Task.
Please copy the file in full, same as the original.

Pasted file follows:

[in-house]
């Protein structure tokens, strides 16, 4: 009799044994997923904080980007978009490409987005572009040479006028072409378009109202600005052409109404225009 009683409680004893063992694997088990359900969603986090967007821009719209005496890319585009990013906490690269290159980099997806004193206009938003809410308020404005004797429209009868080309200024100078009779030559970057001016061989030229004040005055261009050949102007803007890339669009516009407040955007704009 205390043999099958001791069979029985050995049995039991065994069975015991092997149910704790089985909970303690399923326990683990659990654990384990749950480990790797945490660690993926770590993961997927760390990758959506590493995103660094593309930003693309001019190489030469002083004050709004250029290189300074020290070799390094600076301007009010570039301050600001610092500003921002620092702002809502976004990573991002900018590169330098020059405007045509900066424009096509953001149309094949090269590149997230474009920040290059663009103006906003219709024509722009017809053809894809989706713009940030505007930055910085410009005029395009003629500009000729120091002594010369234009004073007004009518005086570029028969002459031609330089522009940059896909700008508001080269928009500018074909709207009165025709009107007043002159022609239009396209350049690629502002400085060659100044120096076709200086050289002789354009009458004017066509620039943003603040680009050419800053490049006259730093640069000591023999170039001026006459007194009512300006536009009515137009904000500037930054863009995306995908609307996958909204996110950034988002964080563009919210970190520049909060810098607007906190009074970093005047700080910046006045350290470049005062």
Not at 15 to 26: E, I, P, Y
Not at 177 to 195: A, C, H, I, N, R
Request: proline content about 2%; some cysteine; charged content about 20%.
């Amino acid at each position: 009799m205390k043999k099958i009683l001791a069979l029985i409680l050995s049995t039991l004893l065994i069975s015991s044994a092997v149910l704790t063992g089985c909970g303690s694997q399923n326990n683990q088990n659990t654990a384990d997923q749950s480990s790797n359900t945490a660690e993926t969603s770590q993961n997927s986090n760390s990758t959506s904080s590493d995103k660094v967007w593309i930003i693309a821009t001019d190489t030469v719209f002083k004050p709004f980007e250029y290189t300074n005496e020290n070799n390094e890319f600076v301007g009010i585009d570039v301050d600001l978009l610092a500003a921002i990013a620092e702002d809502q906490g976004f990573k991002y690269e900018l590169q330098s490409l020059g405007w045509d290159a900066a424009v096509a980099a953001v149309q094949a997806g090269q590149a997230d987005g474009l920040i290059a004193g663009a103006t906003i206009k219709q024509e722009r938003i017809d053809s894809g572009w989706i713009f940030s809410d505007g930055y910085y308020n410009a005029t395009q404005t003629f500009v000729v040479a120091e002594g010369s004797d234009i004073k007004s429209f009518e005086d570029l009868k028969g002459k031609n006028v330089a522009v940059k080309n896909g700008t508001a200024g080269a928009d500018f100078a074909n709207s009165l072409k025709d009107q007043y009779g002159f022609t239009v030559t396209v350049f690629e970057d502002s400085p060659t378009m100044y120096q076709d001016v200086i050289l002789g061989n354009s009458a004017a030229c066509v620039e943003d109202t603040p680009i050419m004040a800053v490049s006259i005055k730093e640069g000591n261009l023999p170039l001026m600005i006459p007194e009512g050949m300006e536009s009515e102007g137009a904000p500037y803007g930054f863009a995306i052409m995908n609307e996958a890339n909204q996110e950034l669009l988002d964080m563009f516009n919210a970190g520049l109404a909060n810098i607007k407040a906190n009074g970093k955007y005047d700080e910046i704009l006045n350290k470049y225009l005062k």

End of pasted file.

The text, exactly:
[in-house]
């Protein structure tokens, strides 16, 4: 009799044994997923904080980007978009490409987005572009040479006028072409378009109202600005052409109404225009 009683409680004893063992694997088990359900969603986090967007821009719209005496890319585009990013906490690269290159980099997806004193206009938003809410308020404005004797429209009868080309200024100078009779030559970057001016061989030229004040005055261009050949102007803007890339669009516009407040955007704009 205390043999099958001791069979029985050995049995039991065994069975015991092997149910704790089985909970303690399923326990683990659990654990384990749950480990790797945490660690993926770590993961997927760390990758959506590493995103660094593309930003693309001019190489030469002083004050709004250029290189300074020290070799390094600076301007009010570039301050600001610092500003921002620092702002809502976004990573991002900018590169330098020059405007045509900066424009096509953001149309094949090269590149997230474009920040290059663009103006906003219709024509722009017809053809894809989706713009940030505007930055910085410009005029395009003629500009000729120091002594010369234009004073007004009518005086570029028969002459031609330089522009940059896909700008508001080269928009500018074909709207009165025709009107007043002159022609239009396209350049690629502002400085060659100044120096076709200086050289002789354009009458004017066509620039943003603040680009050419800053490049006259730093640069000591023999170039001026006459007194009512300006536009009515137009904000500037930054863009995306995908609307996958909204996110950034988002964080563009919210970190520049909060810098607007906190009074970093005047700080910046006045350290470049005062």
Not at 15 to 26: E, I, P, Y
Not at 177 to 195: A, C, H, I, N, R
Request: proline content about 2%; some cysteine; charged content about 20%.
């Amino acid at each position: 009799m205390k043999k099958i009683l001791a069979l029985i409680l050995s049995t039991l004893l065994i069975s015991s044994a092997v149910l704790t063992g089985c909970g303690s694997q399923n326990n683990q088990n659990t654990a384990d997923q749950s480990s790797n359900t945490a660690e993926t969603s770590q993961n997927s986090n760390s990758t959506s904080s590493d995103k660094v967007w593309i930003i693309a821009t001019d190489t030469v719209f002083k004050p709004f980007e250029y290189t300074n005496e020290n070799n390094e890319f600076v301007g009010i585009d570039v301050d600001l978009l610092a500003a921002i990013a620092e702002d809502q906490g976004f990573k991002y690269e900018l590169q330098s490409l020059g405007w045509d290159a900066a424009v096509a980099a953001v149309q094949a997806g090269q590149a997230d987005g474009l920040i290059a004193g663009a103006t906003i206009k219709q024509e722009r938003i017809d053809s894809g572009w989706i713009f940030s809410d505007g930055y910085y308020n410009a005029t395009q404005t003629f500009v000729v040479a120091e002594g010369s004797d234009i004073k007004s429209f009518e005086d570029l009868k028969g002459k031609n006028v330089a522009v940059k080309n896909g700008t508001a200024g080269a928009d500018f100078a074909n709207s009165l072409k025709d009107q007043y009779g002159f022609t239009v030559t396209v350049f690629e970057d502002s400085p060659t378009m100044y120096q076709d001016v200086i050289l002789g061989n354009s009458a004017a030229c066509v620039e943003d109202t603040p680009i050419m004040a800053v490049s006259i005055k730093e640069g000591n261009l023999p170039l001026m600005i006459p007194e009512g050949m300006e536009s009515e102007g137009a904000p500037y803007g930054f863009a995306i052409m995908n609307e996958a890339n909204q996110e950034l669009l988002d964080m563009f516009n919210a970190g520049l109404a909060n810098i607007k407040a906190n009074g970093k955007y005047d700080e910046i704009l006045n350290k470049y225009l005062k």